Annual Program Highlights Women’s Contribution to Federal Service
By John J. Kruzel
American Forces Press Service
WASHINGTON, Jul. 17, 2007 Over the years, women equipped with industry acumen and armed with advanced degrees have climbed ladders and shattered the glass ceiling that had once stunted their career growth. To train and mentor aspiring female professionals in the federal sector, a group known as Federally Employed Women, or FEW, began a training program in 1970.
About 50 participants gathered yesterday for the Defense Department’s forum on women affairs, one installment in a series of courses and lectures at the 38th annual FEW seminar, which runs through July 20 at the Hilton Washington Hotel here.
“Up until the 1940s, only a handful of agencies hired women,” said keynote speaker Tina Jonas, the Defense Department’s comptroller and chief financial officer. “Some of the offices, including the U.S. Patent Office, provided billets for women, but the women had to work at home, and their paychecks were made out in the name of their male relatives.”
Jonas, the first woman to serve as the Defense Department’s comptroller, said women’s contribution to the work force today is invaluable.
“We simply would not be able to manage without women,” she said. “At the Pentagon, women fill every role in the civil service, and throughout the armed services, including admiral and general.”
As comptroller, Jonas manages an office that comprises about 60 budget analysts and other accountants, who she said put together roughly $750 billion worth of budgetary requests in “record time.” Last year, the staff earned the Presidential Rank Award, which recognizes and celebrates a small group of career senior executives for exceptional long-term accomplishments.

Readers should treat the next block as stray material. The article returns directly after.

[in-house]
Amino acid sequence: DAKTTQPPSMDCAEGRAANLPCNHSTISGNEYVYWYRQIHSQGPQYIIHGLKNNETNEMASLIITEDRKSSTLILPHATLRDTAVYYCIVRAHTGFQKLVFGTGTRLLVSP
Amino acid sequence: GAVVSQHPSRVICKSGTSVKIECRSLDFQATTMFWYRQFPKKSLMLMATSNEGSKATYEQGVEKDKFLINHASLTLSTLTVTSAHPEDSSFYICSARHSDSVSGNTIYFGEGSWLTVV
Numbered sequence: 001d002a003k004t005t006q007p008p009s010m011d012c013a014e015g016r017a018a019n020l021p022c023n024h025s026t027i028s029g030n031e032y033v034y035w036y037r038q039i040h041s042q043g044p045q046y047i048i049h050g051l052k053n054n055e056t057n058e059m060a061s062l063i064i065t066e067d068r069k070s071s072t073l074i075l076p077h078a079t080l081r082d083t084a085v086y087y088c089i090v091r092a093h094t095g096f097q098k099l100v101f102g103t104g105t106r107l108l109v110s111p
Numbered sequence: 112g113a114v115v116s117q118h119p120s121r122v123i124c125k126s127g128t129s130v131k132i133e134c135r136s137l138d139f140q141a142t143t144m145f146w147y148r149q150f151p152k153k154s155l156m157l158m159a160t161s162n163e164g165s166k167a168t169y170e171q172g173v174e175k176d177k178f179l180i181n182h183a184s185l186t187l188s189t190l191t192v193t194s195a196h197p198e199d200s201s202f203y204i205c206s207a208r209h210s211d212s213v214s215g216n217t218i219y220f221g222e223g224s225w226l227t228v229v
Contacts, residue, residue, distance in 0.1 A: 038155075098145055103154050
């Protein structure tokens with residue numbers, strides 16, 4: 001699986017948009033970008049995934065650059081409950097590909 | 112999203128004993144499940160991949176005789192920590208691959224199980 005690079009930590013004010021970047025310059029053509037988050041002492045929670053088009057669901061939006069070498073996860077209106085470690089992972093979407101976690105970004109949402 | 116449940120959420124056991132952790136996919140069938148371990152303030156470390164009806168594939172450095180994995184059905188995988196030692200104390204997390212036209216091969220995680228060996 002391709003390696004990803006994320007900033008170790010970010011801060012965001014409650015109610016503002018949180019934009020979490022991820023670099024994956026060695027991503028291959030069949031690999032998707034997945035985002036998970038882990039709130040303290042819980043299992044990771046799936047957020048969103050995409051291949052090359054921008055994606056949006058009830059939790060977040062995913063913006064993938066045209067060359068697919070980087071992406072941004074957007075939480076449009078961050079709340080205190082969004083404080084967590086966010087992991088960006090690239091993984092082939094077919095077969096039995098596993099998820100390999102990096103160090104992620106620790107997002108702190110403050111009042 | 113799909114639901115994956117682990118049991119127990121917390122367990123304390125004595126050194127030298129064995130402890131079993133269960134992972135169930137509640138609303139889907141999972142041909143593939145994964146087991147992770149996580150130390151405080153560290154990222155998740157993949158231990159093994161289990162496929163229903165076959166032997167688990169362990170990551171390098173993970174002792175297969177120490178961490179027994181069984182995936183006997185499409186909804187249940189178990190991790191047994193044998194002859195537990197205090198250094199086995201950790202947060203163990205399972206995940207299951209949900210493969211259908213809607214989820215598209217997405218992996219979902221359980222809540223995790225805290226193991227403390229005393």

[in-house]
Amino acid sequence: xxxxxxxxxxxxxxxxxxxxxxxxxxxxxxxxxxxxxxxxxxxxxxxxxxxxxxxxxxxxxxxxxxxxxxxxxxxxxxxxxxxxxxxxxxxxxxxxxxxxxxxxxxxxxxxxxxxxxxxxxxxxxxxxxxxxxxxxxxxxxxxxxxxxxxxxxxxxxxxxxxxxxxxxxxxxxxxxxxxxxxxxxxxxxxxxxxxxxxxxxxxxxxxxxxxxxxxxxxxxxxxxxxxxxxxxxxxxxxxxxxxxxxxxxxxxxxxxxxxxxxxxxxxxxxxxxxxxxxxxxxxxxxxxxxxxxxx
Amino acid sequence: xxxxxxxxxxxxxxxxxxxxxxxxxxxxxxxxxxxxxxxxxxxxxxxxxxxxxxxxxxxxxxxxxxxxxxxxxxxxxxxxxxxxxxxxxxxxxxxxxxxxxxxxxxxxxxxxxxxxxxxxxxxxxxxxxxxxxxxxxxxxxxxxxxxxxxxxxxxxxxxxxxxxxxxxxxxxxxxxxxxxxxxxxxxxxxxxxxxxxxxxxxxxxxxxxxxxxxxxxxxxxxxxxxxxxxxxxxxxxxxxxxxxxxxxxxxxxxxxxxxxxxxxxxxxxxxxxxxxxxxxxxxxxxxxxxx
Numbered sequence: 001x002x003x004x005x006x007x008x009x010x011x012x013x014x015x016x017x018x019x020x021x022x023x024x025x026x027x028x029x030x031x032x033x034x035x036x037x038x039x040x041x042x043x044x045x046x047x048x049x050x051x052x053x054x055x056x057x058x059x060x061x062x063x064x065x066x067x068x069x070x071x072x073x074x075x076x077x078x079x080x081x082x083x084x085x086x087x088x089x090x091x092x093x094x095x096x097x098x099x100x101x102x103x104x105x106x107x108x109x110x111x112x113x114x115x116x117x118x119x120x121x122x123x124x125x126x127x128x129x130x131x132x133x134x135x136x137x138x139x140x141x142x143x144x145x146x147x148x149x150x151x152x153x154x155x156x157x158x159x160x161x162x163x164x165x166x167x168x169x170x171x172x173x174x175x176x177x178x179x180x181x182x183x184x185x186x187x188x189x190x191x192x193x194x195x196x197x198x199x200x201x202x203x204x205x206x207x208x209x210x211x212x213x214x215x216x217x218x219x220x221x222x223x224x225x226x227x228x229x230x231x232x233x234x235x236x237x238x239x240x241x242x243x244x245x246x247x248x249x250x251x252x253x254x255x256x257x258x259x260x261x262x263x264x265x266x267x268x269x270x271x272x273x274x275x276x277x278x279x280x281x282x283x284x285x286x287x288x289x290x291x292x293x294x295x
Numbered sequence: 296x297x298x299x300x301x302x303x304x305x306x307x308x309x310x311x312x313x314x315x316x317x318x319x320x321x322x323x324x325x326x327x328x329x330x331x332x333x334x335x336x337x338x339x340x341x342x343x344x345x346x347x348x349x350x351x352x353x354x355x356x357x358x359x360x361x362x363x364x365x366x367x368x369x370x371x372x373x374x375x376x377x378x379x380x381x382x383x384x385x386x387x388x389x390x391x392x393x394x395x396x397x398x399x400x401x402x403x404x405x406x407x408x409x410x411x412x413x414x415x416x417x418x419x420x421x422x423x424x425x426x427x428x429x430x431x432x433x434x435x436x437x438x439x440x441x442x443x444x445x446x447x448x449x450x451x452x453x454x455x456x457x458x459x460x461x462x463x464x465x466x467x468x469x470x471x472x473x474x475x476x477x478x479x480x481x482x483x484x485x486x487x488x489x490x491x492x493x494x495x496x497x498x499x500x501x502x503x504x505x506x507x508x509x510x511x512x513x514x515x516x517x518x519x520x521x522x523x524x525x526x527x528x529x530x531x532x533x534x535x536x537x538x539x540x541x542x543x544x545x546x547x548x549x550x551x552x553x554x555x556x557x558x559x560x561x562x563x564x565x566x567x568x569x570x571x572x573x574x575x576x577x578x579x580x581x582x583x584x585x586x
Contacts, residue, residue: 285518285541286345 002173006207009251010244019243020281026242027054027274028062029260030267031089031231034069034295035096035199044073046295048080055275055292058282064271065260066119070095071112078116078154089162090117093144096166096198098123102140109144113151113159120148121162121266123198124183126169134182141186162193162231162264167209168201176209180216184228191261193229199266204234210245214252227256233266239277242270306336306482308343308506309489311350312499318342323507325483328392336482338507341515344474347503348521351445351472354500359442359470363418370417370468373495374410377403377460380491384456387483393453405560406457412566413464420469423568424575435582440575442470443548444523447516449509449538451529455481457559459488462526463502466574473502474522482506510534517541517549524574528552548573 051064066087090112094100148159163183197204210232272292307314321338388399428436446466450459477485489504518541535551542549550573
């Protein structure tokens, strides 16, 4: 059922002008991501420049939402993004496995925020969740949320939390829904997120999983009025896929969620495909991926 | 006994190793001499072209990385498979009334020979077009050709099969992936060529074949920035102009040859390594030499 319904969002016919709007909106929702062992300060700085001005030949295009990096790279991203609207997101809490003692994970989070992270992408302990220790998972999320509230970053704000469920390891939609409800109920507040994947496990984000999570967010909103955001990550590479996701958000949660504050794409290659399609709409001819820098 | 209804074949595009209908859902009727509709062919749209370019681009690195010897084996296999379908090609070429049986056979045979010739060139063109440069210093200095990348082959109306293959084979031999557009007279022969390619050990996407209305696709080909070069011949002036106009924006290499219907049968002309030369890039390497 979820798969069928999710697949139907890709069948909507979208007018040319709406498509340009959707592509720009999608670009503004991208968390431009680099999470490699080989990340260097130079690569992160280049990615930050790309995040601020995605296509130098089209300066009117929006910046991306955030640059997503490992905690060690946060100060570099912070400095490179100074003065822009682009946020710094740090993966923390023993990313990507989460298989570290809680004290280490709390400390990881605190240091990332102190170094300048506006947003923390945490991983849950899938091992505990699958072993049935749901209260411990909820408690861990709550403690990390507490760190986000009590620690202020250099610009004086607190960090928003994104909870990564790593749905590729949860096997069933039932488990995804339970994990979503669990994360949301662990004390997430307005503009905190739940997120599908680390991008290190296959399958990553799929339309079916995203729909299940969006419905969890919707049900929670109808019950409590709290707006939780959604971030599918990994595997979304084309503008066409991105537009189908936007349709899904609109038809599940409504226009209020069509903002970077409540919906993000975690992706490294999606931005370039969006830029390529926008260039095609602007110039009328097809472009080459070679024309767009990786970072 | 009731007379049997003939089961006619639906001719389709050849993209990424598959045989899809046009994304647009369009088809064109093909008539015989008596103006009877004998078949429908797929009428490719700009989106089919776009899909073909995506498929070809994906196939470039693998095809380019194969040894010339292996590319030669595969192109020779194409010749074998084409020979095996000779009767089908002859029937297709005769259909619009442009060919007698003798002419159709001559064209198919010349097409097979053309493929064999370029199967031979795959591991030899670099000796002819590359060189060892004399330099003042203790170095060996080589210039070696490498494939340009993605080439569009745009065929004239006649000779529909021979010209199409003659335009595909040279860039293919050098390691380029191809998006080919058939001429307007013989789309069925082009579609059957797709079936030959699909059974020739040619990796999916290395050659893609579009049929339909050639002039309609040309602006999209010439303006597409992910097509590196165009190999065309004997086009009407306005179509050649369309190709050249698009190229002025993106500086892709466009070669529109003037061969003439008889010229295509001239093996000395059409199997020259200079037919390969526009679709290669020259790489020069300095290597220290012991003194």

Forty-nine percent of those workers are women who fulfill leading roles, Jonas said. For example, the assistant deputy chief financial officer, director for military personnel and construction, and director of operations are women, she noted.
“I would say that their leadership is absolutely key to the defense of the nation and to the efficient and effective management of the nation’s dollars,” she said. “It’s not an easy job.”
The team, which has near-equal gender representation, managed a $481 billion 2008 base budget, a $142 billion global war on terror budget, and $100 billion of emergency supplement funding from Congress.
“We are a complex organization,” she said. “We’re bigger than Ford, General Motors, Exxon or even Wal-Mart.”
Jonas addressed the contributions of women in uniform, including Air Force Master Sgt. Artri Spratling, who opened the forum by singing the national anthem.
“I always get a little chill up my spine when I hear the anthem, and the master sergeant who sang today was really good at her job,” Jonas said. “There are women across the military, from her job all the way across the department, working in theater, flying airplanes; this is a wonderful department.
“It’s a great place for women,” she noted.